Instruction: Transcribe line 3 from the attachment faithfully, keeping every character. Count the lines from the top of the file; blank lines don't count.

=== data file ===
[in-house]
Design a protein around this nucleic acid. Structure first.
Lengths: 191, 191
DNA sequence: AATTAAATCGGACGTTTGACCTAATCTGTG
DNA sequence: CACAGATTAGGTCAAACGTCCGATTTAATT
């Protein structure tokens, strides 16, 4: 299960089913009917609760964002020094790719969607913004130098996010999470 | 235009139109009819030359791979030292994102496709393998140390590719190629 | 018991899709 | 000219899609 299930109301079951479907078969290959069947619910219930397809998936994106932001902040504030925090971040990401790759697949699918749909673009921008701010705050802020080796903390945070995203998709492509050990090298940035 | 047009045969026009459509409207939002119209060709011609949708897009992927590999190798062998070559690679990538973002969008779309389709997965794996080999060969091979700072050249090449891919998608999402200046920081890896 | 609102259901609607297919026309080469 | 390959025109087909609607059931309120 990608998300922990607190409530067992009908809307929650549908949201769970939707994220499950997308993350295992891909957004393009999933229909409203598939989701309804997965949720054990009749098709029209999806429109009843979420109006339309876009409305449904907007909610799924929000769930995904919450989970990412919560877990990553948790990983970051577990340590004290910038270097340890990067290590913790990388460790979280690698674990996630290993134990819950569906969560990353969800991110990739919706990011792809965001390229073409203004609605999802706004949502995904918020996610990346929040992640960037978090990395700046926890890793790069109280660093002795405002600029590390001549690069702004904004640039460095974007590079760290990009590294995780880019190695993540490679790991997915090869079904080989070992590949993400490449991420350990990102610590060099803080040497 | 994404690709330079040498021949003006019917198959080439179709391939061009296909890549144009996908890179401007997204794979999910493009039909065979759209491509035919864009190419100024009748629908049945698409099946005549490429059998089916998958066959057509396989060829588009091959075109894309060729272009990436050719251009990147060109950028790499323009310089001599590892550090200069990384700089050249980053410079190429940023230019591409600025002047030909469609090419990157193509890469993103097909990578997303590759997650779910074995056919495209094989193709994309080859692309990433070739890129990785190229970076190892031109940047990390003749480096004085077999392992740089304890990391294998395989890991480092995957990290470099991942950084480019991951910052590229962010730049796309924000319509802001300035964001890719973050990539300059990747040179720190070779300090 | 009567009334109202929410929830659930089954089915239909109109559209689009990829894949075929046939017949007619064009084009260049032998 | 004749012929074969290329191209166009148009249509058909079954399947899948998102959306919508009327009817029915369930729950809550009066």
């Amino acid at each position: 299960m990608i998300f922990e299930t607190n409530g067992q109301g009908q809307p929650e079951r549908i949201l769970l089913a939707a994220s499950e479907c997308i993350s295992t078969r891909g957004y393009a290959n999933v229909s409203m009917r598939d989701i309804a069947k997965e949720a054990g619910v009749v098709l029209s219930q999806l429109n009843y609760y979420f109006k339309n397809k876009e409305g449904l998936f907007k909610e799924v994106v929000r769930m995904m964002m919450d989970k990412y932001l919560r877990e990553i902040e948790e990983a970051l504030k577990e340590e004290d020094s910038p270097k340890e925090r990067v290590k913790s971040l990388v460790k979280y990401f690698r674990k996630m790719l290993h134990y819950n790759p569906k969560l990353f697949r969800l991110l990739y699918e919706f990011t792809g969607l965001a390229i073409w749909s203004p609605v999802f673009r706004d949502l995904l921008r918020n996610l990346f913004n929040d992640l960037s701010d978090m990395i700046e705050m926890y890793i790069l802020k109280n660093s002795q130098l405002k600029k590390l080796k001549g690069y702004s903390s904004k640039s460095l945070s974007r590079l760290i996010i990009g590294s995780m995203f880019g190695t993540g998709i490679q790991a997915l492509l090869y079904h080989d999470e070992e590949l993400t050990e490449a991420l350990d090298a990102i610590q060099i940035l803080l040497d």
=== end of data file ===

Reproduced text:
Lengths: 191, 191